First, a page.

DMX FPGA

Xilinx Zynq DMX controller

One of my first projects when I started working for transtechnik (now ETC) was a DMX512 router, called E-Gate. References to that project can still be found on the ETC website. And even the windows software I wrote, called E-Gatekeeper, can still be downloaded, and it still works (even on Windows 10)

/img/e-gatekeeper.png

(E-gatekeeper screenshot image copyright by ETC GmbH)

The hardware was based on a Motorola (now NXP) PowerPC MPC860 CPU with a Xilinx FPGA. Back then (this was early 2000) the FPGA design was not done by me, but FPGA’s always fascinated me.

Now with FPGA’s like the Xilinx Zynq, connecting the FPGA to a CPU became very easy and designing something like a DMX512 router where the CPU receives for example Art-Net and the FPGA transmits DMX512 has become a lot easier.

With Vivado connecting the ARM cpu with the FPGA can be done via an AXI interface. In my design I used one AXI interface to connect the ARM CPU to a dual port BRAM of 4 Kbyte, and an AXI-lite one to let the ARM cpu program the config registers on the DMX module.

/img/vivado_block_dmx.png

To connect four of those DMX modules to the ARM CPU two AXI interconnects are used.

/img/vivado_block_dmx_full.png

From the software side the two AXI busses show up as a memory region that can be read and written. The results of the memory access is a read or write to the FPGA module (in this case read/write the the BRAM or to the DMX module registers). The easy, and very insecure, way to access the AXI busses under Linux is to simply mmap /dev/mem.

note: this can not be done with tools like dd or hexdump, because they try to lseek on /dev/mem and that is not supported, so a small C program is needed.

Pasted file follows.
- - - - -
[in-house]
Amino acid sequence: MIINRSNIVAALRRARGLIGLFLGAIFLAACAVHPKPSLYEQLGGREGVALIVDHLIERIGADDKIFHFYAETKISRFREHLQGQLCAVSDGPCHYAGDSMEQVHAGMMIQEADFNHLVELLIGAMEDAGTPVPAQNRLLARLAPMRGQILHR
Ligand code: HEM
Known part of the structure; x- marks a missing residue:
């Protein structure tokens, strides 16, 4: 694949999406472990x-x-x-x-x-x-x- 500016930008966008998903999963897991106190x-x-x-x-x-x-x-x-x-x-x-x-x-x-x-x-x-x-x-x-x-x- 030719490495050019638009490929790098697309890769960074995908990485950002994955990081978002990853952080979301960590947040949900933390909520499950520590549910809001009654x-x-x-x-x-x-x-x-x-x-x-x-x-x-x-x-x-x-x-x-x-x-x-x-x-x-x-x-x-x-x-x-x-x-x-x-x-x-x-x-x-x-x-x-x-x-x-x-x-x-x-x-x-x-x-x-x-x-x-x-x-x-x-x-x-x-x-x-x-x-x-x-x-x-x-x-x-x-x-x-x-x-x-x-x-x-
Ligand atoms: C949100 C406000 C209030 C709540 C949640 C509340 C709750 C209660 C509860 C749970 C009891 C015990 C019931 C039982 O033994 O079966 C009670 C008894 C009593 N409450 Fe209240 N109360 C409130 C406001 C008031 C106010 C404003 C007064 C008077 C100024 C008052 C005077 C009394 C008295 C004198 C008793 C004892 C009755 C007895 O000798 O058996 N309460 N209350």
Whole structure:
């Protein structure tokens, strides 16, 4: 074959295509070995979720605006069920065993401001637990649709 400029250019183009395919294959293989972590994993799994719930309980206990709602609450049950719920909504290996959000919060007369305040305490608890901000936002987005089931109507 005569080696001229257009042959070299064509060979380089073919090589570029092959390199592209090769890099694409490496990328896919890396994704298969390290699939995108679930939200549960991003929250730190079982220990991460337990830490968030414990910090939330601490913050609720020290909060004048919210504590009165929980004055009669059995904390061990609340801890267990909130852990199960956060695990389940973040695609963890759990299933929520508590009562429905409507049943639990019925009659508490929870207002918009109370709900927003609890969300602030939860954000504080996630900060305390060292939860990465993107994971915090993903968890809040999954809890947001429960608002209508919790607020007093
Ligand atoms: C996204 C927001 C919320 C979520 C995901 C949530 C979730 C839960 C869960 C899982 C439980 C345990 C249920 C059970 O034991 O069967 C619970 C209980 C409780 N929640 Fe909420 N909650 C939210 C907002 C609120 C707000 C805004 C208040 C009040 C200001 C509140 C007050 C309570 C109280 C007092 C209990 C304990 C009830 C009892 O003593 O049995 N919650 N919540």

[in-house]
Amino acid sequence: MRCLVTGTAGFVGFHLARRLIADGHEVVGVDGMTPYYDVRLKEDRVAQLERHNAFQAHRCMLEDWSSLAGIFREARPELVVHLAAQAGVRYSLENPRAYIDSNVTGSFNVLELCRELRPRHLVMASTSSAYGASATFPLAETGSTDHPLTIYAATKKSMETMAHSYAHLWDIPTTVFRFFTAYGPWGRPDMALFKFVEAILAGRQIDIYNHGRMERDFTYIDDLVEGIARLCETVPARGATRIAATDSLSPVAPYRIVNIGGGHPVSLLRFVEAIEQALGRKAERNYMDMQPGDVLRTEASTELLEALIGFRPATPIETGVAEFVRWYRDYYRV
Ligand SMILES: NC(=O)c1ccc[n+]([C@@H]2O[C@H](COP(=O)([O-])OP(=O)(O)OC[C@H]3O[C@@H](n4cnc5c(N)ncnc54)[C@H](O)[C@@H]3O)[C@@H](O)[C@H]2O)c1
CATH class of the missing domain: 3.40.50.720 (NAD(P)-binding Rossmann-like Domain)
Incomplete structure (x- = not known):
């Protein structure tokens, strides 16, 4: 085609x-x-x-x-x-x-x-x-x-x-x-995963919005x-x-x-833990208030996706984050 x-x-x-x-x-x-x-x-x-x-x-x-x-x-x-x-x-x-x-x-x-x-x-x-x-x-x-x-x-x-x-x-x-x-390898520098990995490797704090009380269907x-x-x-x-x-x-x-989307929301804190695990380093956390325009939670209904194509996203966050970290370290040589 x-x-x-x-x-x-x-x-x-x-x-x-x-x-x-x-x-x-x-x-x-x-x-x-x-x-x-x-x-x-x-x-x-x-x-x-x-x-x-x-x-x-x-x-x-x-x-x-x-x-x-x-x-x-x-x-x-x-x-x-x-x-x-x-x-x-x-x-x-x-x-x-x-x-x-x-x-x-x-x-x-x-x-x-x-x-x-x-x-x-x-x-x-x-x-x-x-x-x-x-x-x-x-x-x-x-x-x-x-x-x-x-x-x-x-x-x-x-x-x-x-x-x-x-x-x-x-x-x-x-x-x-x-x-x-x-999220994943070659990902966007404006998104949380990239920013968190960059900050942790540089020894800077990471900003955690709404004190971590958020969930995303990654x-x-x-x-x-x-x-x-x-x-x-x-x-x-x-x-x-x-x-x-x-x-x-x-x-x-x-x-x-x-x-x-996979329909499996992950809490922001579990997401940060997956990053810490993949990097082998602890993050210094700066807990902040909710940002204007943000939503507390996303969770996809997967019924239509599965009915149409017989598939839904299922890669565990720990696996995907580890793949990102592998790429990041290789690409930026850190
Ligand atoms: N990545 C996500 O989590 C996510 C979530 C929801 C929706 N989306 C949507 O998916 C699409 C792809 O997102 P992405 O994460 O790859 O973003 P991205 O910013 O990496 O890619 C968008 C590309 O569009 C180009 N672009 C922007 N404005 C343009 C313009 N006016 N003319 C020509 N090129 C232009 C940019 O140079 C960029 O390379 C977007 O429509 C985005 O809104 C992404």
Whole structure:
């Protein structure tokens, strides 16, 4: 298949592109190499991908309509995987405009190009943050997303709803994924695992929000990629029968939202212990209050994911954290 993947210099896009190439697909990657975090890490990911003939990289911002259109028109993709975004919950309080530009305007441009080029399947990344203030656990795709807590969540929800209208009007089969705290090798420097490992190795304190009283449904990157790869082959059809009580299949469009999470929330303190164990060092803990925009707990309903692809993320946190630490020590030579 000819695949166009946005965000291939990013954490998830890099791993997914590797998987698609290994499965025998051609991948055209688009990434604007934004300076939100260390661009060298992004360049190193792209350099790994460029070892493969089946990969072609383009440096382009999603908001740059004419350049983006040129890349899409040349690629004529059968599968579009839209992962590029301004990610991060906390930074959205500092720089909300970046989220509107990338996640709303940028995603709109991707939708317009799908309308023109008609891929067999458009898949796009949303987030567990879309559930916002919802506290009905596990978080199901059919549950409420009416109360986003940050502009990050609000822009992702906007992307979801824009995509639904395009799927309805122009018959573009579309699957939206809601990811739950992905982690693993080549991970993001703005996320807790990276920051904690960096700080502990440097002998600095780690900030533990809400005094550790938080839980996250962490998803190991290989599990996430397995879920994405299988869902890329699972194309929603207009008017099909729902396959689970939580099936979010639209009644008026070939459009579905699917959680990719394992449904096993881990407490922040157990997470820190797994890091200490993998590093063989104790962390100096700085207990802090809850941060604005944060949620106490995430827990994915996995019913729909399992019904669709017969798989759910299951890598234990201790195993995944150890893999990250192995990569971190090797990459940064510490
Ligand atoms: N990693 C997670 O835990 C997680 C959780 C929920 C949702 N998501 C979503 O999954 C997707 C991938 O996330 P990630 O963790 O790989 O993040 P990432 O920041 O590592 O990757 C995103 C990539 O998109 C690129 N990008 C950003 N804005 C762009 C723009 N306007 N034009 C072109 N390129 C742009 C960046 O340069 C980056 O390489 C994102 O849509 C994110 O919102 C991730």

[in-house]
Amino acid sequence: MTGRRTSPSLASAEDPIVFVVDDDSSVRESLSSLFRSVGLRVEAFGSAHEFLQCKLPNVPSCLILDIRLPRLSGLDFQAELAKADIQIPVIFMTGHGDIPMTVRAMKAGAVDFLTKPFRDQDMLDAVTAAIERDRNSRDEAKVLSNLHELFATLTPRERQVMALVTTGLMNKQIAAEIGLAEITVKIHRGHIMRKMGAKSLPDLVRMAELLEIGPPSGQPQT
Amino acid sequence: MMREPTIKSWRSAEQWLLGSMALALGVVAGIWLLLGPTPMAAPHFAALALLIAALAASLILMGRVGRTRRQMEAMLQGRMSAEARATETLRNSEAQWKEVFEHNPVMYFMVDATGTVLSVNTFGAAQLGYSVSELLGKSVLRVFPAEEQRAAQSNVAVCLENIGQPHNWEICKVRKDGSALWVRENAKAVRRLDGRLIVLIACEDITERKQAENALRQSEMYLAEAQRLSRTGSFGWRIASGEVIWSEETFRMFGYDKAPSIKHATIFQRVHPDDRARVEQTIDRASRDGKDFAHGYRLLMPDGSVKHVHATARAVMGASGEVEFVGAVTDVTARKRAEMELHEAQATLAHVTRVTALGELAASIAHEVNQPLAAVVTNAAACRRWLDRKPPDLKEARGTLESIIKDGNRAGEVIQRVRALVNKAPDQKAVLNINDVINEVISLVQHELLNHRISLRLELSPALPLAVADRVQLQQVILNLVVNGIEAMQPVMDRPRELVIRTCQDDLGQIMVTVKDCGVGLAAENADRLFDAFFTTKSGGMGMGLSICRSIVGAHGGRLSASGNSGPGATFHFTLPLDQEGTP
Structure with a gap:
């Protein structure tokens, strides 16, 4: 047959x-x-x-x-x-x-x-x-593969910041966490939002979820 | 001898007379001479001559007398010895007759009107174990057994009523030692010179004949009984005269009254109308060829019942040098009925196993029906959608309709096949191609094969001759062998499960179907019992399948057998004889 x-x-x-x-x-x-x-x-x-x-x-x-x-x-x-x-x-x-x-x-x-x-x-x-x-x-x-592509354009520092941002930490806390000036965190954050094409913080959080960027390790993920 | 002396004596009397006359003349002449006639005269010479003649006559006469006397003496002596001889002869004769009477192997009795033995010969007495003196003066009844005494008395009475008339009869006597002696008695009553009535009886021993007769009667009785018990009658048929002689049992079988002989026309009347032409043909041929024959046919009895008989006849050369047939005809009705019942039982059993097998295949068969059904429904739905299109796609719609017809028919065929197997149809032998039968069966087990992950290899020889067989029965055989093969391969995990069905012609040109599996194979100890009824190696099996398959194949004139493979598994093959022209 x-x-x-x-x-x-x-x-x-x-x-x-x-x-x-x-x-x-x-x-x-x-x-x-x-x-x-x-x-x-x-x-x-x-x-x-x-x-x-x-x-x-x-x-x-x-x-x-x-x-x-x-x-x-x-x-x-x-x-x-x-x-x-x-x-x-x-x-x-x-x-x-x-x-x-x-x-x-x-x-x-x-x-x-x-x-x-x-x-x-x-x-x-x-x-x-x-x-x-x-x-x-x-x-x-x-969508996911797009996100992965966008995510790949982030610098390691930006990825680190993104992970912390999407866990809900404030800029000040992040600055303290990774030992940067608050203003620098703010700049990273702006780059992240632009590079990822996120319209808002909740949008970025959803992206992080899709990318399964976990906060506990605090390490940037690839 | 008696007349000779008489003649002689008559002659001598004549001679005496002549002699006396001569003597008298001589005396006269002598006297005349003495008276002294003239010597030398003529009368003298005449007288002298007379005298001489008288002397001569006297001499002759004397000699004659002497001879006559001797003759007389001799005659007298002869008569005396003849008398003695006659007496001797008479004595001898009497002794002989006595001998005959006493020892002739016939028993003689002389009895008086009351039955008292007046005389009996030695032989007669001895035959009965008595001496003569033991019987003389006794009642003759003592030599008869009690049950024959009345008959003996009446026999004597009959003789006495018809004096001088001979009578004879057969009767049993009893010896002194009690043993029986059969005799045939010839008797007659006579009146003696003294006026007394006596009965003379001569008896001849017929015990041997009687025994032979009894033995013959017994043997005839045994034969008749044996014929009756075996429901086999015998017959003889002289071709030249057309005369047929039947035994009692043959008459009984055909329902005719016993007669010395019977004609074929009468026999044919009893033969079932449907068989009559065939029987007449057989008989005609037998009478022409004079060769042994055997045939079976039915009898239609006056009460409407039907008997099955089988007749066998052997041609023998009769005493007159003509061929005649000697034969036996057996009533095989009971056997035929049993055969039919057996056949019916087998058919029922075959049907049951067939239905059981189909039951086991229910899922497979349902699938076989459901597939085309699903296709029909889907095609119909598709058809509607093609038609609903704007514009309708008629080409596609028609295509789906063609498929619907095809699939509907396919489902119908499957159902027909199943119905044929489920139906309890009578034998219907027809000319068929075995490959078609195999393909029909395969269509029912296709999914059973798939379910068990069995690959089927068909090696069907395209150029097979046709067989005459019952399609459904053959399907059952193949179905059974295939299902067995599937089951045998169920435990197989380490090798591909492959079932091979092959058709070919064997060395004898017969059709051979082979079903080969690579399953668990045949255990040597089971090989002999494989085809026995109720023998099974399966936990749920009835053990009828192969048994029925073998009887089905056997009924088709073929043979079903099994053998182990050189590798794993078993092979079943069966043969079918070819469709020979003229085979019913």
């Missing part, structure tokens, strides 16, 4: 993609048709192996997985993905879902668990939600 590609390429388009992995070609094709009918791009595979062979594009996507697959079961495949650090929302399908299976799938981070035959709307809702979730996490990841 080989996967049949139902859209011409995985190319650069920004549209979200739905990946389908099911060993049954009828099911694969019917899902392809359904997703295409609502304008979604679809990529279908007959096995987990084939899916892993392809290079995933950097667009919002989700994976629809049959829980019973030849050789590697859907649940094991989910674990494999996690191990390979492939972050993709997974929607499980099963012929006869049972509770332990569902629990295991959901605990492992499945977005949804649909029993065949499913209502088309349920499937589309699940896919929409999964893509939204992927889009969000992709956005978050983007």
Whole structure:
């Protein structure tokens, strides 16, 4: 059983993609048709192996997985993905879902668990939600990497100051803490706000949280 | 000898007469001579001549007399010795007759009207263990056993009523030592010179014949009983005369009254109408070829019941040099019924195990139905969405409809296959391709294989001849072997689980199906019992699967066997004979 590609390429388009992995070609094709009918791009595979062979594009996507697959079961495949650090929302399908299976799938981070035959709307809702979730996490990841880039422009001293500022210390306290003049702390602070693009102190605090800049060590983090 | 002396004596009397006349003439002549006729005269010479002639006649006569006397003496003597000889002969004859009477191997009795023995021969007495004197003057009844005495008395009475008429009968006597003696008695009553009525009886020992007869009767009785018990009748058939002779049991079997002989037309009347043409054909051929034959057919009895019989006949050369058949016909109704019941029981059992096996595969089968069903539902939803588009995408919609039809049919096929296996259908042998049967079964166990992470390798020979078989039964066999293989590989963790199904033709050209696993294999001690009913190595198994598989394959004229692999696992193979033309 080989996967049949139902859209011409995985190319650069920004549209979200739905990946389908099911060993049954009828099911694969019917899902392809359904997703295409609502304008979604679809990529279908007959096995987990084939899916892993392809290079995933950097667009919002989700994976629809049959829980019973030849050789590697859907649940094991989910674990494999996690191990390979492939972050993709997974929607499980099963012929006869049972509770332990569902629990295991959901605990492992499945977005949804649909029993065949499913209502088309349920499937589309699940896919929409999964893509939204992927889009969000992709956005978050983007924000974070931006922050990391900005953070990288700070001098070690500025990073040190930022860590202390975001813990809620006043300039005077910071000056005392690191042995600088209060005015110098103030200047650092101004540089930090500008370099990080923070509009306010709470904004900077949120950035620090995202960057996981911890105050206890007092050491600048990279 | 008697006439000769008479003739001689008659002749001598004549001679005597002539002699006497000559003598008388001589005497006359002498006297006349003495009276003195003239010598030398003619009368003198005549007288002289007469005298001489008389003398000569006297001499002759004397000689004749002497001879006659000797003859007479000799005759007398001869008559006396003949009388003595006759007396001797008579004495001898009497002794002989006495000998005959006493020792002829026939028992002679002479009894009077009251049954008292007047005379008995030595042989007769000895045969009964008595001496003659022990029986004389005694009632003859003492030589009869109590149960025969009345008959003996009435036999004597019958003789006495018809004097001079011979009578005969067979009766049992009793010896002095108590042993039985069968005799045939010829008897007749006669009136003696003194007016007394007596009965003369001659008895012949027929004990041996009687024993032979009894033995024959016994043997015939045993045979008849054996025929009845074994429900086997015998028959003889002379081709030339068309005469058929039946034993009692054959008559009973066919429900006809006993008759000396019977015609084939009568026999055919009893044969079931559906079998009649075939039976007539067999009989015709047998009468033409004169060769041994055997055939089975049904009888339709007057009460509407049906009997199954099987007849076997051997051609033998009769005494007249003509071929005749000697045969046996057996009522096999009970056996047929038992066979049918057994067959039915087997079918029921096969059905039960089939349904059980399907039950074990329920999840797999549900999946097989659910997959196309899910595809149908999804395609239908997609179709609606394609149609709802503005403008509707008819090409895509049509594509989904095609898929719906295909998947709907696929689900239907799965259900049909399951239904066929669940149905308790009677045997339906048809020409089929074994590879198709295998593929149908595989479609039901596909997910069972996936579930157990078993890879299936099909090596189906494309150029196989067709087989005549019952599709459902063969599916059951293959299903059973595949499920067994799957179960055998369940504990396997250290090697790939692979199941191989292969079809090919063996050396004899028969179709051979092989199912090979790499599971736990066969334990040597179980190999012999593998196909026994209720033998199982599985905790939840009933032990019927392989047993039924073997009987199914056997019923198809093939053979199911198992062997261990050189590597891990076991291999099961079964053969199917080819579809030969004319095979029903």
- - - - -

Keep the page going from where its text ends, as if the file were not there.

static volatile uint8_t* mem_ptr;

int fd = open("/dev/mem", O_RDWR);
if (fd == -1) {
  return -1;
}

mem_ptr = (volatile uint8_t*)mmap(NULL, MEM_SIZE, PROT_READ|PROT_WRITE, MAP_SHARED, fd, (off_t)MEM_OFFSET);
if (mem_ptr == MAP_FAILED) {
  return -1;
}

The MEM_SIZE and MEM_OFFSET are in this case 0x40000000 and 4096, which can be setup in the Vivado address editor. After mmap’ing the memory pointer can be used like normal memory

for(uint32_t i=0; i < MEM_SIZE;++i) {
  mem_ptr[i] = 0;
}

In this design the second AXI bus is used for the DMX module registers, but the concept is exactly the same, mmap the address and simply write to that address;

write_reg( REG_NR_START_CODE_1, 0x00);
write_reg( REG_NR_MBB_TIME_1, (100 * 8));
write_reg( REG_NR_BREAK_TIME_2, (100 * 180));
write_reg( REG_NR_MEM_PTR_1, 0x00);
write_reg( REG_NR_FRAME_LEN_1, 513);

This code example sets the DMX start code to 0x00 (normal DMX channel data), the Mark Before Break time to 800 (in units of 10ns so 800 is 8us), the Break time to 180us, the start offset of the DMX data to 0 (relative to the BRAM address) and the frame length to 513 bytes (512 data bytes that are read from BRAM, and the start code byte).

The write_reg() function simply write to the mapped address

static volatile uint32_t* reg_ptr;

static void write_reg(uint32_t offset, uint32_t value)
{
  if (offset >= REG_SIZE) {
    return;
  }

  reg_ptr[offset] = value;
}

The VHDL side for a DMX output is not even that complicated, it is basically a FSM that goes through states like break, startbit, databits, etc.

--
-- TX FSM
--
v.bit_counter := reg.bit_counter - 1;

case reg.state is

  when st_idle =>
    v.tx_o := '1';
    if (unsigned(reg.current_desc.frame_len) /= 0) then
      v.bit_counter := reg.current_desc.mbb_time;
      v.state := st_mbb;
    end if;

  when st_mbb =>
    if (reg.bit_counter = 0) then
      v.tx_o        := '0';
      v.bit_counter := reg.current_desc.break_time;
      v.state       := st_break;
    end if;

  when st_break =>
    if (reg.bit_counter = 0) then
      v.tx_o        := '1';
      v.bit_counter := reg.current_desc.mab_time;
      v.state       := st_mab;
    end if;

  when st_mab =>
    if (reg.bit_counter = 0) then
      v.tx_o          := '0';
      v.bit_counter   := BIT_TIME;
      v.state         := st_start_bit;
      v.current_byte  := reg.current_desc.start_code;
      v.byte_counter  := (others => '0');
    end if;

  when st_start_bit =>
    if (reg.bit_counter = 0) then
      v.bram_addr_o             := std_logic_vector(unsigned(reg.current_desc.mem_ptr) +  reg.byte_counter);
      v.tx_o                    := reg.current_byte(0);
      v.bit_counter             := BIT_TIME;
      v.state                   := st_data_bit_0;
    end if;

  when st_data_bit_0 =>
    if (reg.bit_counter = 0) then
      v.tx_o          := reg.current_byte(1);
      v.bit_counter   := BIT_TIME;
      v.state         := st_data_bit_1;
    end if;

  when st_data_bit_1 =>